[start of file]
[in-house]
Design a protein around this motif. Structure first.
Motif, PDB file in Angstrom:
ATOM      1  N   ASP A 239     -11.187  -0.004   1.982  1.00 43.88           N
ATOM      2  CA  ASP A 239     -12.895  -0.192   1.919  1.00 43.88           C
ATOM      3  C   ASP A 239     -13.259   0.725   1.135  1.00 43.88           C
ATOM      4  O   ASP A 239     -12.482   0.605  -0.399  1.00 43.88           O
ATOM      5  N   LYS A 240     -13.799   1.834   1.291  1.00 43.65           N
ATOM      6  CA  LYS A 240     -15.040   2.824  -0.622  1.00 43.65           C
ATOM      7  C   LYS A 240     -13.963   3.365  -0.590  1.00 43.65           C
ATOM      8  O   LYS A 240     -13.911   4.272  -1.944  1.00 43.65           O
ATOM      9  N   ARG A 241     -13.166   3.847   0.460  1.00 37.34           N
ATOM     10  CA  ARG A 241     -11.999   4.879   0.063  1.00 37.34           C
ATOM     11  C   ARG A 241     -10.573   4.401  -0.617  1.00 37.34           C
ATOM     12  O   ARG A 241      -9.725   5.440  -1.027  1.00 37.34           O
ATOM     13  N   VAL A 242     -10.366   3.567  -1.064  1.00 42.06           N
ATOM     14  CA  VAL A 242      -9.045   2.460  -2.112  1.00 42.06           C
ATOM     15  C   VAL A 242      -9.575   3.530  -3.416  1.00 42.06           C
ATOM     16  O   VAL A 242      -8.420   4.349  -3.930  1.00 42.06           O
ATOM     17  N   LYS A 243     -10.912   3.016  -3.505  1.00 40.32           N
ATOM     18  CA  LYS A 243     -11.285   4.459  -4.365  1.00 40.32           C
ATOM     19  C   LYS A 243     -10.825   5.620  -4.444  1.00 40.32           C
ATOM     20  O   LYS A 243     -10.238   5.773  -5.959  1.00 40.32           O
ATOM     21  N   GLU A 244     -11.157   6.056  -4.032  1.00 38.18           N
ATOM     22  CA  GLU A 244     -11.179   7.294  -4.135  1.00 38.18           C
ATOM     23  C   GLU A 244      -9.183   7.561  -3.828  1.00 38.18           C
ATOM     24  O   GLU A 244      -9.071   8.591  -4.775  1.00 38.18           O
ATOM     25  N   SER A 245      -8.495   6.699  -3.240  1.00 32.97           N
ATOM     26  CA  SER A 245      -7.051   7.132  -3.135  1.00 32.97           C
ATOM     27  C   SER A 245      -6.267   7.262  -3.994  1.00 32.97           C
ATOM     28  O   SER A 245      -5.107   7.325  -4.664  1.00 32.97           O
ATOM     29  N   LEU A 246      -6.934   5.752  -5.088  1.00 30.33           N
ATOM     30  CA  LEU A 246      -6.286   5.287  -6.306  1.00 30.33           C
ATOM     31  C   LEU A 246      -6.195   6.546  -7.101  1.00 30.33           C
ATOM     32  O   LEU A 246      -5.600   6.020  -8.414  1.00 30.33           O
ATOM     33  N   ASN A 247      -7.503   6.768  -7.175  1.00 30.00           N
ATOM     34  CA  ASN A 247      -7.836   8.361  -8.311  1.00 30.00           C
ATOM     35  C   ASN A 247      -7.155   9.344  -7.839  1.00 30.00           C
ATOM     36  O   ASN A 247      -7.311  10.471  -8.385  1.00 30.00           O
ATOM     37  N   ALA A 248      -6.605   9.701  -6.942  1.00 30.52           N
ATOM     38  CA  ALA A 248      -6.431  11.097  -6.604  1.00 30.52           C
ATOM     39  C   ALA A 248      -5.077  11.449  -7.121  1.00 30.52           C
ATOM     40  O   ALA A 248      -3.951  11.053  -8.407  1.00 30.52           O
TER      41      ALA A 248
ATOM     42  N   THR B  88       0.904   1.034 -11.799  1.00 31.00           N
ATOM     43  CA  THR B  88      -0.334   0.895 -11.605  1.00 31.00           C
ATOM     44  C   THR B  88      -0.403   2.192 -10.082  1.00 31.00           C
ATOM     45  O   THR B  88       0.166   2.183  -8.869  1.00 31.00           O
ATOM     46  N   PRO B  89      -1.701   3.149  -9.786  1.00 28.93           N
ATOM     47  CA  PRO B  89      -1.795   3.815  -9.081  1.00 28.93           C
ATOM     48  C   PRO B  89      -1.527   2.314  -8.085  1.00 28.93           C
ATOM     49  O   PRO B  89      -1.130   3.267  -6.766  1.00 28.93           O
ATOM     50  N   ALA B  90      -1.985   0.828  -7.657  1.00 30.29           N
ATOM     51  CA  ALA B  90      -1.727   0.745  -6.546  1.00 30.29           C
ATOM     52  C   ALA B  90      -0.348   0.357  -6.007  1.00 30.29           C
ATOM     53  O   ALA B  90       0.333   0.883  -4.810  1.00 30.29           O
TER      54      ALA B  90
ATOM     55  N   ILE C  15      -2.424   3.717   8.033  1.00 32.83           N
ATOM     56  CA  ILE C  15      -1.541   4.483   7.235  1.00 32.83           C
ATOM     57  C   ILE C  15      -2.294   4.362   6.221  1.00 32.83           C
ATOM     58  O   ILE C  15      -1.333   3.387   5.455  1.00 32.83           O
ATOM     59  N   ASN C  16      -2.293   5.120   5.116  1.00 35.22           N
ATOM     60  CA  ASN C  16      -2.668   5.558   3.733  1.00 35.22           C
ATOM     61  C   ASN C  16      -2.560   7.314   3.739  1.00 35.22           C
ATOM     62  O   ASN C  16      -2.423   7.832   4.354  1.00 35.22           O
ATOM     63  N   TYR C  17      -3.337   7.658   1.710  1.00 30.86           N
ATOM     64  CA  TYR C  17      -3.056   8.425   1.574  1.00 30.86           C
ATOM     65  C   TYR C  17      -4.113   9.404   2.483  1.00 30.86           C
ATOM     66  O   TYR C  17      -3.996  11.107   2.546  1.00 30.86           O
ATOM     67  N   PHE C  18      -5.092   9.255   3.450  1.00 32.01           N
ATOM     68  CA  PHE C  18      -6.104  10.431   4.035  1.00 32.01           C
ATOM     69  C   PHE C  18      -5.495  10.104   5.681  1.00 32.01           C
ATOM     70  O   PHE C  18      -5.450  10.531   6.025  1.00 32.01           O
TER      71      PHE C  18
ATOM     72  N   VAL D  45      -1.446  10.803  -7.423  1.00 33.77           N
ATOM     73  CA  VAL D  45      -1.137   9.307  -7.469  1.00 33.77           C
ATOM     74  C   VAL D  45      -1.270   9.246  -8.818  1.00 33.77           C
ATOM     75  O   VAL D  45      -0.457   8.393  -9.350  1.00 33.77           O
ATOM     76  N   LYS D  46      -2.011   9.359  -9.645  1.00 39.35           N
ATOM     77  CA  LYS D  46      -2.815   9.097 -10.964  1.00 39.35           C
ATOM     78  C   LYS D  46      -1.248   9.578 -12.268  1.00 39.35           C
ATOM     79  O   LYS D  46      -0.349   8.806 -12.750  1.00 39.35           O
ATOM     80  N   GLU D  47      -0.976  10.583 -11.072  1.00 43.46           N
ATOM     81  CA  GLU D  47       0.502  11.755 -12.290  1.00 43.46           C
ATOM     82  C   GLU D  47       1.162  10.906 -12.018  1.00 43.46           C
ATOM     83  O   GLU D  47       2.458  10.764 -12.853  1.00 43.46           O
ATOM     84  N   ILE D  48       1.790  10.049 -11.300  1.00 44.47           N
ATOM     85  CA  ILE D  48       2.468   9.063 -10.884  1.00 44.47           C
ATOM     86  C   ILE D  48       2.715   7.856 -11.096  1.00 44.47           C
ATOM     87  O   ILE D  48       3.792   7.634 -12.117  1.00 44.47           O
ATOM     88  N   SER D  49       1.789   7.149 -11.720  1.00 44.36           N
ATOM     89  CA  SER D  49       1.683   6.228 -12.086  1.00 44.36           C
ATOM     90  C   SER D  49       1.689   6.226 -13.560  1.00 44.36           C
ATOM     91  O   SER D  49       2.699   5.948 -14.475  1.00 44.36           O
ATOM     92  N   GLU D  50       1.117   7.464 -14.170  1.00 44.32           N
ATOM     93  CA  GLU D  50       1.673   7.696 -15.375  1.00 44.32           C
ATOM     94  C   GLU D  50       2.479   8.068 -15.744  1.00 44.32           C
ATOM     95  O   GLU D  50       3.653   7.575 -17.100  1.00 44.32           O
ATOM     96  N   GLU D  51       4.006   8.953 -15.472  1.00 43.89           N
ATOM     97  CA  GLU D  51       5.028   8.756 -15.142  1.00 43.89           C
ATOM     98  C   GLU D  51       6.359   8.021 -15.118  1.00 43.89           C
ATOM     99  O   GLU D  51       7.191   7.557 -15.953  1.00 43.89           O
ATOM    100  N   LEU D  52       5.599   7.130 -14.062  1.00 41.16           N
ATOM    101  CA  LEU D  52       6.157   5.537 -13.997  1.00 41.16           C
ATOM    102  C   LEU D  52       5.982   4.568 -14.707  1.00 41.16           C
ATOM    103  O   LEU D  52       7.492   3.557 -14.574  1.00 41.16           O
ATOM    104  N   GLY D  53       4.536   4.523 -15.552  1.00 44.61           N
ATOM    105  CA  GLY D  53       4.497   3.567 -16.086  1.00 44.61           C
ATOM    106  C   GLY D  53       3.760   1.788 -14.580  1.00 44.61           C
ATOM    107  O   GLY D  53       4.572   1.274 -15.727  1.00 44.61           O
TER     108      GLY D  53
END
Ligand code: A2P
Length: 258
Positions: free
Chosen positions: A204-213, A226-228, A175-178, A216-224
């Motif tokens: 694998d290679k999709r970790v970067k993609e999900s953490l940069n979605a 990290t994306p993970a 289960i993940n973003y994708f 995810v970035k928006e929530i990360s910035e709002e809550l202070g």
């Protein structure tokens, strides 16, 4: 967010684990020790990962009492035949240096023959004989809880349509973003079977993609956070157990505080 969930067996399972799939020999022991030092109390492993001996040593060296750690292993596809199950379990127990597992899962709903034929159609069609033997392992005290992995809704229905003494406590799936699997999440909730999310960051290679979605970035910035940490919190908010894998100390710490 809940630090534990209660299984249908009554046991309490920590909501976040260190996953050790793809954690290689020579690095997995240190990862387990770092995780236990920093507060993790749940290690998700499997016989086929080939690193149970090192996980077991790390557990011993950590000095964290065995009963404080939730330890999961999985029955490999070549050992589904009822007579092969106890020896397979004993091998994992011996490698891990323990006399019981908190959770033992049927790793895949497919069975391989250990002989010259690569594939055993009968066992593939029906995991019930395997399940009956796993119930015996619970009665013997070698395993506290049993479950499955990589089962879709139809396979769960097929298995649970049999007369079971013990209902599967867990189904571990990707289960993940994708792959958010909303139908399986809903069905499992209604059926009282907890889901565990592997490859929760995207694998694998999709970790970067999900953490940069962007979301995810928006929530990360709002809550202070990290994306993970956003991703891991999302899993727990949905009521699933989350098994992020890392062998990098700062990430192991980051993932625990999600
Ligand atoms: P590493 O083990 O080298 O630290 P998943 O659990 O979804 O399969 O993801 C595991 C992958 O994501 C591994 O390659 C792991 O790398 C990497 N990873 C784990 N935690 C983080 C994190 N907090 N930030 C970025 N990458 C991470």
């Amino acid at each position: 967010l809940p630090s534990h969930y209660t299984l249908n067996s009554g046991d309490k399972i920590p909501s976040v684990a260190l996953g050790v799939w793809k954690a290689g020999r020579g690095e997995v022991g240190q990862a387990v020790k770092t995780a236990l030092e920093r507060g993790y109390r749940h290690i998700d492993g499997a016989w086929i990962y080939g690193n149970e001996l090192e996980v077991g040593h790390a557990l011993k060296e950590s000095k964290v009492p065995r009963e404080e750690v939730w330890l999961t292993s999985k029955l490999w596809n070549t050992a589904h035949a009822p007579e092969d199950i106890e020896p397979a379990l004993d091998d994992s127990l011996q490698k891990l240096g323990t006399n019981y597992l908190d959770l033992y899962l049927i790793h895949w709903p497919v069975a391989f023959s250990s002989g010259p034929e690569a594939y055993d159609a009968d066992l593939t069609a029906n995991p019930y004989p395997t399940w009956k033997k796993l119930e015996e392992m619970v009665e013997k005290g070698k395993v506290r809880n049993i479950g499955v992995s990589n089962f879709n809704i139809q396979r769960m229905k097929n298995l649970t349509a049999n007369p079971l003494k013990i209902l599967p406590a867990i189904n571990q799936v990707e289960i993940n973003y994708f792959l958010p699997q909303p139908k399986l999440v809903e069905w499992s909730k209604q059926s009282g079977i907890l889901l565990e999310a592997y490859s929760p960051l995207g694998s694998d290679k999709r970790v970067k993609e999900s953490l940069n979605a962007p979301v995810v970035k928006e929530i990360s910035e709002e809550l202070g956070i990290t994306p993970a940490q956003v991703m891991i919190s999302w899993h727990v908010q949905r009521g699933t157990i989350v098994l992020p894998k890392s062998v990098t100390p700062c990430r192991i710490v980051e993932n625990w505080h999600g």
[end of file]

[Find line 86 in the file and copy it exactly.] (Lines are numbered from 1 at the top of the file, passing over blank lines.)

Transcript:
ATOM     83  O   GLU D  47       2.458  10.764 -12.853  1.00 43.46           O